The Revolution in American Foreign Policy: Its Global Range

The Revolution in American Foreign Policy: Its Global Range

The Revolution in American Foreign Policy: Its Global Range

The Revolution in American Foreign Policy: Its Global Range

Excerpt

International relations are never simple. They are pluralistic, complex, and in constant flux.

American foreign policy today is a combination of various approaches and means: military strength; "power-politics" alliances; collective security in the United Nations; foreign economic aid; social politics (foreign technical assistance and economic aid directed to social and political ends); economic incentives and reprisals; trading policies designed to benefit some nations and injure others; ideological, cultural, and psychological appeals; and many more.

Foreign policy responds to many groups, interests, values, and pressures both at home and abroad. The pressures from abroad come from nations (some friendly, some unfriendly, some of varying shades of neutrality), from revolutionary and counter-revolutionary movements, from alliances, and from regional and international organizations, all of which in turn must respond to internal pressures.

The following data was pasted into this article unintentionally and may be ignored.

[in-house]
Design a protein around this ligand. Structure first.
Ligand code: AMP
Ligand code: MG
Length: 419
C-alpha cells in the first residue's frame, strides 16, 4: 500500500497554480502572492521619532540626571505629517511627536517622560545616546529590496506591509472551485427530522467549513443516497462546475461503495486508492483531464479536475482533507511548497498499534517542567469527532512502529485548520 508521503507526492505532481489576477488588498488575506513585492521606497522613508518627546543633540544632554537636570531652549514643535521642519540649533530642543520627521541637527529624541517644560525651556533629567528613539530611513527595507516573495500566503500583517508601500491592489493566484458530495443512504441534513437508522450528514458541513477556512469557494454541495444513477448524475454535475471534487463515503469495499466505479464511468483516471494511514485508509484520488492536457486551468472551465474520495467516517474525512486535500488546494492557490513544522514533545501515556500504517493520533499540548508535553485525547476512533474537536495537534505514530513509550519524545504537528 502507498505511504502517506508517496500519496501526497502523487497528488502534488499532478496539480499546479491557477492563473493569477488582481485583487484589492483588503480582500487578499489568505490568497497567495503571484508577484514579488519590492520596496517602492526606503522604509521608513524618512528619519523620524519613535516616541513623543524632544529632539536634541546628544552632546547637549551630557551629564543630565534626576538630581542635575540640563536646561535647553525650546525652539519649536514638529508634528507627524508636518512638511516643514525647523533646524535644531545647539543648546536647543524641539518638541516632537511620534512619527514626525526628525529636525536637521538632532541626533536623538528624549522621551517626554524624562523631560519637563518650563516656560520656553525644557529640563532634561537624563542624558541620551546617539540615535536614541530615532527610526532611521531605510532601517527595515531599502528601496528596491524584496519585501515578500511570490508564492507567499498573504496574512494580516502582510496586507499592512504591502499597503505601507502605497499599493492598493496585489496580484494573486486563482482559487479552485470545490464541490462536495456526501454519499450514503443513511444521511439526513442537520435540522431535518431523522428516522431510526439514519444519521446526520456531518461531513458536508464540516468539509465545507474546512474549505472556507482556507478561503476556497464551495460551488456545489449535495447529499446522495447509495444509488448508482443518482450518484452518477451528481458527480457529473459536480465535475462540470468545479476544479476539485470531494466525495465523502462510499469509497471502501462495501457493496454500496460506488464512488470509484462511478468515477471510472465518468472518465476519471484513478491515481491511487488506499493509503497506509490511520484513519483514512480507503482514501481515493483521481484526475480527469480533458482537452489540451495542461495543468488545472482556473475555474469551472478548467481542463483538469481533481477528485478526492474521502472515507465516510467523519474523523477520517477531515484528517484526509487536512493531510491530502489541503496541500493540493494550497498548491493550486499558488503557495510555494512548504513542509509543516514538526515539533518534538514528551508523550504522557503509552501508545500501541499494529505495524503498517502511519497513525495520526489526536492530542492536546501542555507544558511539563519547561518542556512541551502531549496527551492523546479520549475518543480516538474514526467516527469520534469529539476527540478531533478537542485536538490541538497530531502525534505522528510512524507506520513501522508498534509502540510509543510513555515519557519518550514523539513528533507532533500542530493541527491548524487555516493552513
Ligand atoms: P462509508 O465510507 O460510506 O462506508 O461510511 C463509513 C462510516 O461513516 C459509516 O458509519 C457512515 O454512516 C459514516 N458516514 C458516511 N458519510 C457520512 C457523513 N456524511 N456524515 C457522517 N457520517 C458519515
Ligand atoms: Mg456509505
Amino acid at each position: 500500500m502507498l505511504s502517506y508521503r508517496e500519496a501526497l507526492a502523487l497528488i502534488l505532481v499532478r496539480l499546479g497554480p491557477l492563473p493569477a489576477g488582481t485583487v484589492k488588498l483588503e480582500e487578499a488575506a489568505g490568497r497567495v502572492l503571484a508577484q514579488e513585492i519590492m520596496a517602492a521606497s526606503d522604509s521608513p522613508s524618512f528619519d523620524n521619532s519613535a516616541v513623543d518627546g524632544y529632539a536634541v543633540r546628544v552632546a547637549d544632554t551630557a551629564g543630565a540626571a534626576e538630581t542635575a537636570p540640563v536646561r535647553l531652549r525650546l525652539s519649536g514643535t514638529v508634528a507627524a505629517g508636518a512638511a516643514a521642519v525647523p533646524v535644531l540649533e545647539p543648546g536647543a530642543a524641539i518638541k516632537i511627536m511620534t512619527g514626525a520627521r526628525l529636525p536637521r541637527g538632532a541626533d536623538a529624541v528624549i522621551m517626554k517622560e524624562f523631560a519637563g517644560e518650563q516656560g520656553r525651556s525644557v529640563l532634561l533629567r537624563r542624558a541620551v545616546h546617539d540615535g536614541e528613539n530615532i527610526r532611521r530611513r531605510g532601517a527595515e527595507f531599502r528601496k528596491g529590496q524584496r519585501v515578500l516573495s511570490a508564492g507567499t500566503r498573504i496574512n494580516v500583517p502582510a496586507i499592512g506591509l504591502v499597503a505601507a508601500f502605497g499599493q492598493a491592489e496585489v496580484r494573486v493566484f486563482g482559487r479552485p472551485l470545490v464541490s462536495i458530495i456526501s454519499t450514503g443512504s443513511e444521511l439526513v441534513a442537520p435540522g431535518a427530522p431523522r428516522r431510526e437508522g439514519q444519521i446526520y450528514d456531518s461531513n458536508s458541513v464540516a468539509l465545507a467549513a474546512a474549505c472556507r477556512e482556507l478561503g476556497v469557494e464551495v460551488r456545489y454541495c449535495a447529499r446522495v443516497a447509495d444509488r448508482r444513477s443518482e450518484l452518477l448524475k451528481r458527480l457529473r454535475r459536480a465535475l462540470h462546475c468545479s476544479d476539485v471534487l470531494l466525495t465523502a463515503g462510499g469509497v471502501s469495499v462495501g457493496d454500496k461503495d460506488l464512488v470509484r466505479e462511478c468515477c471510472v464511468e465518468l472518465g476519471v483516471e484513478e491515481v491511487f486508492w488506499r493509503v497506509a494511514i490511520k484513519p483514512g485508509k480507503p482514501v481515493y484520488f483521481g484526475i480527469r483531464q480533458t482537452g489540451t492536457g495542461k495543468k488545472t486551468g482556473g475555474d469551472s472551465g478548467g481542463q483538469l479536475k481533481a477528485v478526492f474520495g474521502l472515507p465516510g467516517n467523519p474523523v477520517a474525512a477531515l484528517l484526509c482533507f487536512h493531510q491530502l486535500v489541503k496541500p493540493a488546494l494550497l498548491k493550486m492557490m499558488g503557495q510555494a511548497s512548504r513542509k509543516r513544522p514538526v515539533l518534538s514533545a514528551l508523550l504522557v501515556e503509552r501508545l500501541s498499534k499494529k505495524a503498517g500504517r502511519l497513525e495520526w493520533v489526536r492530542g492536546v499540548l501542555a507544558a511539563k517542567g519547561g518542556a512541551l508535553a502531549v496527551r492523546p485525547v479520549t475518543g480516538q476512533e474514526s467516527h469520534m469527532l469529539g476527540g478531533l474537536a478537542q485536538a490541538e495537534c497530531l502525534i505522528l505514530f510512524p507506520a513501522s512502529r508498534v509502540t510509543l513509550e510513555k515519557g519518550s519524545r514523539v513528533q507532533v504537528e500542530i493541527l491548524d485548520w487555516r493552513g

The interests and values, groups and pressures, situations within situations, elements and factors, approaches and means operate simultaneously and continuously. However, the attention paid to a particular pressure, the emphasis given to this or that factor, the extent to which an approach or an instrument is used are constantly shifting as conditions change and influences rise and fall.

The territorial units which have been or are the players--city . . .

Search by... Author
Show... All Results Primary Sources Peer-reviewed

Oops!

An unknown error has occurred. Please click the button below to reload the page. If the problem persists, please try again in a little while.